Tuesday, March 3, 2015

Interview with Jake Rohrer, author of A Banquet of Consequences



The Rock and Roll Chemist is privileged to bring you the following interview with Jake Rohrer, former go-to guy (think of him as a quasi-manager) for legendary 1960s rock band Creedence Clearwater Revival.  As a bit of background, in the photo above Jake Rohrer is pictured at his desk in the CCR Berkeley headquarters, the "Factory," circa 1970.  The woman in the photo is Jake's sister, Mary Goodrich, who helped him run the fan club and hold down the office when they were on the road (photo credit: Deiter Zill).  His recently published memoir, A Banquet of Consequences: Sex (not too much), Drugs (plenty), Rock & Roll (of course), and the Feds (who invited them?) is at once unpretentious and profound, dramatic and humorous, and goes far beyond his association with Creedence Clearwater Revival which could even be considered secondary to the rest of his story. Today he lives with his wife in rural upcountry Maui, where they farm the land, maintain a recording studio, and administer their music label featuring the traditional music of Hawaii.  


I've previously reviewed his excellent memoir, A Banquet of Consequences, and Jake was kind enough to elaborate on his life and career by answering some questions I had about his book. I hope you enjoy reading our interview as much as I enjoyed speaking with Jake.


RNRChemist: Jake, thanks so much for speaking to me regarding your excellent book and your fascinating story.  Let's get right into some questions!  First up, the obvious one: what motivated you to write a book about your life?

JR: Simply the joy of writing (discovered while incarcerated) and thinking I'm probably not very good at fiction.  Recent loss of the retail CD markets and loss of music markets in general found me with lots of time on my hands. I turned to writing.

RNRChemist: Can you give a little background into your upbringing? What was it like?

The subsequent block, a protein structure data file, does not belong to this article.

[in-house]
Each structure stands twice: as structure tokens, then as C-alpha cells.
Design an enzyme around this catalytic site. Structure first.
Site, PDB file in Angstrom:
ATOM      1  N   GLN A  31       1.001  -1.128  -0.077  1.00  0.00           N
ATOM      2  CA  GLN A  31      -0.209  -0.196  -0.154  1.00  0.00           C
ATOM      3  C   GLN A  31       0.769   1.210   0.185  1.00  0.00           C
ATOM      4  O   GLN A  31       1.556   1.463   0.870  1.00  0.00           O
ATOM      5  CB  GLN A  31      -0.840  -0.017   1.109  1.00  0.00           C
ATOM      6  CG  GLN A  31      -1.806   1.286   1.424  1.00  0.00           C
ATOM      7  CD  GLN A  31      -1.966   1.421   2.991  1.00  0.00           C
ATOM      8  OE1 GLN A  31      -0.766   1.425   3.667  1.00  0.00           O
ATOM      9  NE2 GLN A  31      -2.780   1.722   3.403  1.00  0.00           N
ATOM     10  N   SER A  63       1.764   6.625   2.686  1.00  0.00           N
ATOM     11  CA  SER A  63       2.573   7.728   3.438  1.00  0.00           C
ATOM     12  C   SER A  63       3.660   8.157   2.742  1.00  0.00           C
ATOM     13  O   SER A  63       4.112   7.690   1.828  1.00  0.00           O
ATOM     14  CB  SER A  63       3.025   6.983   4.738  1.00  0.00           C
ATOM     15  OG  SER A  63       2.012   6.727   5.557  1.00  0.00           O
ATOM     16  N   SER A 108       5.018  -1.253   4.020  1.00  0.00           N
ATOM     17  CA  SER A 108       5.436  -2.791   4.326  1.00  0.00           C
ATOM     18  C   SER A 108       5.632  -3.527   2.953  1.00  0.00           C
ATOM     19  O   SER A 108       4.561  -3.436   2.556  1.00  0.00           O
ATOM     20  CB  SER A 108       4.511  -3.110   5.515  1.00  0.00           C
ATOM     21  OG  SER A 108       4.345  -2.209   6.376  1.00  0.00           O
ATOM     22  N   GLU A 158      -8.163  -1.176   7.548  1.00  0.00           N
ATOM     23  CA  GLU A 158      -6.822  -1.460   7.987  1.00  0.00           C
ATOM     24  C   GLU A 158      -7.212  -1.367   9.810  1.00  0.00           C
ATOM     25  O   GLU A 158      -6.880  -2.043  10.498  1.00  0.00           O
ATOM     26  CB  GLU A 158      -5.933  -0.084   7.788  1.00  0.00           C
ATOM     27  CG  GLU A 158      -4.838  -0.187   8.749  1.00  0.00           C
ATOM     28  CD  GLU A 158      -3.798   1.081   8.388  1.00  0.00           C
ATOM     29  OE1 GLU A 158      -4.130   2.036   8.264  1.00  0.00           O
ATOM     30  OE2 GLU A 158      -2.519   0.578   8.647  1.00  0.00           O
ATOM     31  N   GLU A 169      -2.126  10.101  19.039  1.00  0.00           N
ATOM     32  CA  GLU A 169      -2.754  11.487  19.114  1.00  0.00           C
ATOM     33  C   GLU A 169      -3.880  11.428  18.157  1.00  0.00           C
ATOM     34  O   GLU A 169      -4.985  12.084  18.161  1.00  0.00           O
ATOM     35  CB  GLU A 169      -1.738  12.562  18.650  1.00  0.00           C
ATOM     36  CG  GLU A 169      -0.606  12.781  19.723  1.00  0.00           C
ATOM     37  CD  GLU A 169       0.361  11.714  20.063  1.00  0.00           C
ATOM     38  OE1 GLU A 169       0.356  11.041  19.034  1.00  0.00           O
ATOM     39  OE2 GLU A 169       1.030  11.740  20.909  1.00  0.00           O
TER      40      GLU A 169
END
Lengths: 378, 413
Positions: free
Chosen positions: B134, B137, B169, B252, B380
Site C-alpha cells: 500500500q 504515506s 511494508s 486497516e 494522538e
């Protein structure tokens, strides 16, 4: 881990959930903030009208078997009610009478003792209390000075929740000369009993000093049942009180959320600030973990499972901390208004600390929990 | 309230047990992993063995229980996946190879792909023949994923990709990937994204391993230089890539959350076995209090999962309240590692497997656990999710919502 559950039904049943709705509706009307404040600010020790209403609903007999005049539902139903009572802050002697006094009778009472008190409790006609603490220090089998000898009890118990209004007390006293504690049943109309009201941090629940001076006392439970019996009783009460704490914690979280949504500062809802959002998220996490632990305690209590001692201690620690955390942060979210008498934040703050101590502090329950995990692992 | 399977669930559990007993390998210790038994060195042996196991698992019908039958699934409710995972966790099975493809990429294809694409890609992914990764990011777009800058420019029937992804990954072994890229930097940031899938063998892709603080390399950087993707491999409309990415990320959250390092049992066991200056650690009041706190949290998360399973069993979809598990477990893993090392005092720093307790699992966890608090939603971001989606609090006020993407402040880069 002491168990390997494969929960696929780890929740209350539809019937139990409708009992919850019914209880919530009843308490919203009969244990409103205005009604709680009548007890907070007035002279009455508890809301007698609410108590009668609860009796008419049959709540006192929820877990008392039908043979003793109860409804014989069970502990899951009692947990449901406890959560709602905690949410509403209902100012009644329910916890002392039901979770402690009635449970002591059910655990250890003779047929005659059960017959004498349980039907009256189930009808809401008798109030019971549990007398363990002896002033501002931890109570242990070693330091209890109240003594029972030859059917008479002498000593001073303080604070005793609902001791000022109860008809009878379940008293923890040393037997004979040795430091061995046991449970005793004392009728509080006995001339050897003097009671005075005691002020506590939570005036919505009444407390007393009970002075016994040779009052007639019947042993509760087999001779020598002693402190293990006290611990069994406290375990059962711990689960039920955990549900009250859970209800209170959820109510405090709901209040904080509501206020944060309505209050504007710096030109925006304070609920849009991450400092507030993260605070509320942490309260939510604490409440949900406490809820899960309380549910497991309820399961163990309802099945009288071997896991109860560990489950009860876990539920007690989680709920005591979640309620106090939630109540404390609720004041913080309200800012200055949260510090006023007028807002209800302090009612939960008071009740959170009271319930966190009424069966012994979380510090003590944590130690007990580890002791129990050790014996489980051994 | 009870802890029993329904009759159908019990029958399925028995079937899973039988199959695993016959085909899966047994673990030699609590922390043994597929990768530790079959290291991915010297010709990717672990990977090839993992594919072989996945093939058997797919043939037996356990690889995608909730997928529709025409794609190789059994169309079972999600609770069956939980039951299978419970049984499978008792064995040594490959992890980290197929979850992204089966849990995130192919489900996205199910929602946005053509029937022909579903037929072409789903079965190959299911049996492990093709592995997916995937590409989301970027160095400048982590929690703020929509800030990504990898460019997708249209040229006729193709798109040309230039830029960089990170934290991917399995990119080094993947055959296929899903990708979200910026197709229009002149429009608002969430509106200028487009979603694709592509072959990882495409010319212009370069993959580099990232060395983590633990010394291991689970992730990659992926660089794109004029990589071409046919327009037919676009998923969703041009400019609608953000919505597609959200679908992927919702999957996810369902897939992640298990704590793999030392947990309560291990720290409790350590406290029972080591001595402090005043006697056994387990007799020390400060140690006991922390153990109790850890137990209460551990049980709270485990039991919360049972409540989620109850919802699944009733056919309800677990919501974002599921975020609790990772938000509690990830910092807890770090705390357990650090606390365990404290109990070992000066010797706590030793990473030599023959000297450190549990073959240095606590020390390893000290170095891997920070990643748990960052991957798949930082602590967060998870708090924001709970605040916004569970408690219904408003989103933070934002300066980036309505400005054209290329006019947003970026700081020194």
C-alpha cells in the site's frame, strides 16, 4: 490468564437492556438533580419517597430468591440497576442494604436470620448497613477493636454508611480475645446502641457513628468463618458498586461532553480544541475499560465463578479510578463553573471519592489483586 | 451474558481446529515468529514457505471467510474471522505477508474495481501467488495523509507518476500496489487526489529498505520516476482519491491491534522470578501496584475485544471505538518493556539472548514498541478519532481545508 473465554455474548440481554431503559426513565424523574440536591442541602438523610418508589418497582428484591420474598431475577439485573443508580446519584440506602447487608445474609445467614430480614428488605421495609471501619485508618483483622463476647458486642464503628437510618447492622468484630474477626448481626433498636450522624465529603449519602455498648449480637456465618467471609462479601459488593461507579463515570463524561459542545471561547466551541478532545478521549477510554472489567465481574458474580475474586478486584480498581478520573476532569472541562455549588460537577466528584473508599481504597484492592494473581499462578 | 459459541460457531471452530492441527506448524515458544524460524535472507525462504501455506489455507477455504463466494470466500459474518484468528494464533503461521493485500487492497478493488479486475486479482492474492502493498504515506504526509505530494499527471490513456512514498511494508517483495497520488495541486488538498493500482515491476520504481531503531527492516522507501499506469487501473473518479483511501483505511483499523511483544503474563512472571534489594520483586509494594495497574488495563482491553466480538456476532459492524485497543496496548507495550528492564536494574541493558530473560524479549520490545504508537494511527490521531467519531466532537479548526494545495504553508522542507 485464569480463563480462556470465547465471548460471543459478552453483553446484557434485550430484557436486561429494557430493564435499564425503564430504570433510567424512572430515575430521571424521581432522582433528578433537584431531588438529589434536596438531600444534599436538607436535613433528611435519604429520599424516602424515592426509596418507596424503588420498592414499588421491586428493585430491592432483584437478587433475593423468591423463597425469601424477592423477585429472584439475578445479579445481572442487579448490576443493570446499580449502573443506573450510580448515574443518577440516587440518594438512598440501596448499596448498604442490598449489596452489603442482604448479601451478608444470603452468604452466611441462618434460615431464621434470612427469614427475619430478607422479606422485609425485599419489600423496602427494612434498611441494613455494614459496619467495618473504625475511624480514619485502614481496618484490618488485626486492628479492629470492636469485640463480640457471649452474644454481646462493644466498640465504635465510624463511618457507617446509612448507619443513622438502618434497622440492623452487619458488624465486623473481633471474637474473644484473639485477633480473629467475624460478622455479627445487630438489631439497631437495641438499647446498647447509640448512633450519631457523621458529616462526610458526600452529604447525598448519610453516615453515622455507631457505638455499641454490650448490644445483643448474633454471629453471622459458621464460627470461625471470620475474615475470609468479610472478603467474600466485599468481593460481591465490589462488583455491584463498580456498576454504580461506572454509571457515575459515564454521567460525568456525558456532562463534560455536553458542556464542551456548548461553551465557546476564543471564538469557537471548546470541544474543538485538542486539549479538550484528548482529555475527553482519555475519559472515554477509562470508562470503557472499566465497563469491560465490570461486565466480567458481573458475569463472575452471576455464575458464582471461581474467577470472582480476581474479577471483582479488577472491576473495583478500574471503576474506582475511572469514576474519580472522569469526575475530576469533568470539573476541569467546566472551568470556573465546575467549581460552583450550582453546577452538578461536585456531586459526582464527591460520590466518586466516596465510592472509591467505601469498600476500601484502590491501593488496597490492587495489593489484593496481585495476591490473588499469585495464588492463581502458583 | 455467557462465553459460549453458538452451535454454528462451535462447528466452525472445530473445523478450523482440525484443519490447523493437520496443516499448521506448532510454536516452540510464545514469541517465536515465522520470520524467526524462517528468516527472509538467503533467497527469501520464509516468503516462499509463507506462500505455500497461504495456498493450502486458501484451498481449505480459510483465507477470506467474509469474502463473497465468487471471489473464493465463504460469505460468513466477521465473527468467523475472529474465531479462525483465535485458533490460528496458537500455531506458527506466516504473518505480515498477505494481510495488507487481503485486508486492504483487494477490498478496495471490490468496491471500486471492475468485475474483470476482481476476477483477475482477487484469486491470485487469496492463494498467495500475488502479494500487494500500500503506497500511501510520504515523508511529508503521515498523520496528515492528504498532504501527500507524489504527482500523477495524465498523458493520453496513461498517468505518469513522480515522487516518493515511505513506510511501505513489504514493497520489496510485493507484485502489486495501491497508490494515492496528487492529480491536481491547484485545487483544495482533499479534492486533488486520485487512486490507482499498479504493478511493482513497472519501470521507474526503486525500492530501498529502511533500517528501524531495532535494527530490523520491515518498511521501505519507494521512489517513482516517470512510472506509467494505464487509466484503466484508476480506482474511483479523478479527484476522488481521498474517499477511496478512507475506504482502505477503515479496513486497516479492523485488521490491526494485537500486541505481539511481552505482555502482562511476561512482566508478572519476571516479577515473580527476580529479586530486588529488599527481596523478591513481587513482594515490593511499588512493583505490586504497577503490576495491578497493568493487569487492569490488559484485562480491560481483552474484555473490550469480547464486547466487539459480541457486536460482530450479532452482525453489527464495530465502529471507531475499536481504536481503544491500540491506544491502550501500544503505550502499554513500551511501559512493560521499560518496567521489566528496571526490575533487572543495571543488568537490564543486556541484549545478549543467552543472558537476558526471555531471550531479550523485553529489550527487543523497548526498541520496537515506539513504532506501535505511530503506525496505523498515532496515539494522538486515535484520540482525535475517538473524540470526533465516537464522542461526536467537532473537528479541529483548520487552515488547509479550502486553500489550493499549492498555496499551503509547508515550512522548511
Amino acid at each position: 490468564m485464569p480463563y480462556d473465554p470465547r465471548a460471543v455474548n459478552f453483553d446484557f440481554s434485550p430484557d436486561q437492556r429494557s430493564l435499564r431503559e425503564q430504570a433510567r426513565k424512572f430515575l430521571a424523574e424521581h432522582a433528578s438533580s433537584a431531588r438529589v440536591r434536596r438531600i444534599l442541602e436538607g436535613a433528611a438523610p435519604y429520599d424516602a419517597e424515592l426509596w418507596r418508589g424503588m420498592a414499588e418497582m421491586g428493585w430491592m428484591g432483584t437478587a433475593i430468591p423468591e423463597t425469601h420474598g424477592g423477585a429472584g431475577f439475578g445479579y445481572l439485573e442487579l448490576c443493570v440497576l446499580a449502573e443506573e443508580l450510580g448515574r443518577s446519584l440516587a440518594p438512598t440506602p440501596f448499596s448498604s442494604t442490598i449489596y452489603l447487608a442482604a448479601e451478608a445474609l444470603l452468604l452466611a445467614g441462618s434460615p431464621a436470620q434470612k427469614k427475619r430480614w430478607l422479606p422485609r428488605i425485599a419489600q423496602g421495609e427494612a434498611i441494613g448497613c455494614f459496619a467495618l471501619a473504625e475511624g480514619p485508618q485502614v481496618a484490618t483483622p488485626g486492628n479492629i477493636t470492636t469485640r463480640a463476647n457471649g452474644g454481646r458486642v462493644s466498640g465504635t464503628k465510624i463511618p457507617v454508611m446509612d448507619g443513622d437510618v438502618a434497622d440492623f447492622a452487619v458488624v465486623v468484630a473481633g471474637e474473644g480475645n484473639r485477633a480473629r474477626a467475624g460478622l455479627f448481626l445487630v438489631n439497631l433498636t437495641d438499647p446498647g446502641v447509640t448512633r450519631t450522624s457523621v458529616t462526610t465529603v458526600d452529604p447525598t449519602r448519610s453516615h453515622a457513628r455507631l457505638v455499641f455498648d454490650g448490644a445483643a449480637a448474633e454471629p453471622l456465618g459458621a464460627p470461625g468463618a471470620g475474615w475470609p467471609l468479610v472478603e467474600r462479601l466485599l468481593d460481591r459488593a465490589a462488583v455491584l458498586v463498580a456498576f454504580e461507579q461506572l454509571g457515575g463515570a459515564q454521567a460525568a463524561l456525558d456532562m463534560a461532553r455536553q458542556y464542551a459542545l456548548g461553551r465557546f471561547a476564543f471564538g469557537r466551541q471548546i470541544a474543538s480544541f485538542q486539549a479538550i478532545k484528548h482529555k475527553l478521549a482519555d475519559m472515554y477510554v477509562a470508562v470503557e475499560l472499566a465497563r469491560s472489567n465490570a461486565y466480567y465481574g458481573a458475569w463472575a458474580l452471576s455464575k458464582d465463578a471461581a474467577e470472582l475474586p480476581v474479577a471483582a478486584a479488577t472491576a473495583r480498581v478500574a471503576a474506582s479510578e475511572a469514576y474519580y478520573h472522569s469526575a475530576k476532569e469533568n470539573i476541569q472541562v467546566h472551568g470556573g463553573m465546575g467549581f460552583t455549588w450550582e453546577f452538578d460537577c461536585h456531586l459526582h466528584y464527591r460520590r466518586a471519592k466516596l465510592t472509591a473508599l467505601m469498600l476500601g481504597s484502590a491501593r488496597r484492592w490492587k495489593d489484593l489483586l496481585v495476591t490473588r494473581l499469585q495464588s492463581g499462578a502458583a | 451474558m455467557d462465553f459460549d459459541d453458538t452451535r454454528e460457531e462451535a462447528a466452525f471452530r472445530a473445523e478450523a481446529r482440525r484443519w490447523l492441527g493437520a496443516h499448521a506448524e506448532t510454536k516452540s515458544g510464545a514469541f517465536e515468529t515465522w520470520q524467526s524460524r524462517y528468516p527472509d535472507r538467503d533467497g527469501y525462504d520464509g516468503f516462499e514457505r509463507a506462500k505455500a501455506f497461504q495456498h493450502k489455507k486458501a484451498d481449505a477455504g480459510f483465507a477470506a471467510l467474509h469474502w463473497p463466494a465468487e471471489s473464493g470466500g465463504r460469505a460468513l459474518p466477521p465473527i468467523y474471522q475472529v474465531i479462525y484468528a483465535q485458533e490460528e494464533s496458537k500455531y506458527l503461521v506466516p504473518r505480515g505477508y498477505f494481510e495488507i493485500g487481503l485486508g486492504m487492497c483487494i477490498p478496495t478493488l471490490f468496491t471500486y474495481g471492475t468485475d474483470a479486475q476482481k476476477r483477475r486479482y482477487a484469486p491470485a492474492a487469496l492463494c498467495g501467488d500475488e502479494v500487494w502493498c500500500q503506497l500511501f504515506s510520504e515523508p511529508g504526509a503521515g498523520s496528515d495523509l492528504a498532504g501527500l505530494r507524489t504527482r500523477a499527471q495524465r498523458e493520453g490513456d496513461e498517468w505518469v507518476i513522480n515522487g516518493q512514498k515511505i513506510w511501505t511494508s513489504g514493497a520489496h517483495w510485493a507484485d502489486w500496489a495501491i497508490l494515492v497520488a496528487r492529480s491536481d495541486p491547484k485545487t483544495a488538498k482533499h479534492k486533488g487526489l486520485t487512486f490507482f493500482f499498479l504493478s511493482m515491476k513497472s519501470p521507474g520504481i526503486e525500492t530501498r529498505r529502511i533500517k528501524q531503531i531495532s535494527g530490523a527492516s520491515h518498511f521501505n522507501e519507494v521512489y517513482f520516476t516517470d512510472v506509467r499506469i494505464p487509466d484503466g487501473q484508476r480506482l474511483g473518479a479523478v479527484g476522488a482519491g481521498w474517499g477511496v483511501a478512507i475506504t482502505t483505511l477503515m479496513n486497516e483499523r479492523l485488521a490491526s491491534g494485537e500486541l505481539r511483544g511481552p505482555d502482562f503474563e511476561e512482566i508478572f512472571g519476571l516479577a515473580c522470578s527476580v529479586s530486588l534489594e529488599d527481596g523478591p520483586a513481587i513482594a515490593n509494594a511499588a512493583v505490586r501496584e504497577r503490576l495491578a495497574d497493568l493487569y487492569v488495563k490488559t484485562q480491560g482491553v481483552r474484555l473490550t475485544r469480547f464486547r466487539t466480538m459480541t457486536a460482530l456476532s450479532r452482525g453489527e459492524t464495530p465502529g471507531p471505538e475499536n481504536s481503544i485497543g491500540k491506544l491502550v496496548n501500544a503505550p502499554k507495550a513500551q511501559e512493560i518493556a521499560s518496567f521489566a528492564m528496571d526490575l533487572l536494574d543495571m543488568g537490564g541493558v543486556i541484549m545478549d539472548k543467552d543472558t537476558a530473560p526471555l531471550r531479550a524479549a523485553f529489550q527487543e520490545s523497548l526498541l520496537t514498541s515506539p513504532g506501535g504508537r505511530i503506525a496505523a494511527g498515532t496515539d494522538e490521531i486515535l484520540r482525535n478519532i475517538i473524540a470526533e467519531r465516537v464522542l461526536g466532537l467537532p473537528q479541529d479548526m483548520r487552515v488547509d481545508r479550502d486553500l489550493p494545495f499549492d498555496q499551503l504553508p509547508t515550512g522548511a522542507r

JR: I was raised by successful, caring, and loving parents; We had everything we needed in the America of the late forties and throughout the fifties.  Home life was supportive and comfortable, lacking only in progressive idealism which wouldn't come along until later on.

RNRChemist: How did you first get involved with the guys who ultimately became Creedence? What did you do over the course of working for them?

JR: They showed up on my high school campus in the fall of 1960 as the Blue Velvets, a genuine rock & roll band.  I was enamored by their music and sought them out as friends.  About nine years later I was working for them as their representative in press relations, public relations, touring support, general factotum, diplomatic attache, and all around front man.

RNRChemist: You had a pretty successful (by the sounds of it) auto dealership business that your family ran. Was it hard to leave that behind to go into the music world when CCR hit?

JR: Not hard at all when looking at the invitation to come work for CCR.  I'd lost my father who started the business before I was born. The joy and challenge of the auto business was eventually gone with him.  I was ready for a change and who could resist the opportunity to work on the world stage of rock & roll with close and admired friends?

RNRChemist: What was the relationship between the guys in CCR like back in the early, pre-fame days? Was there any hint of the bitterness that was to come?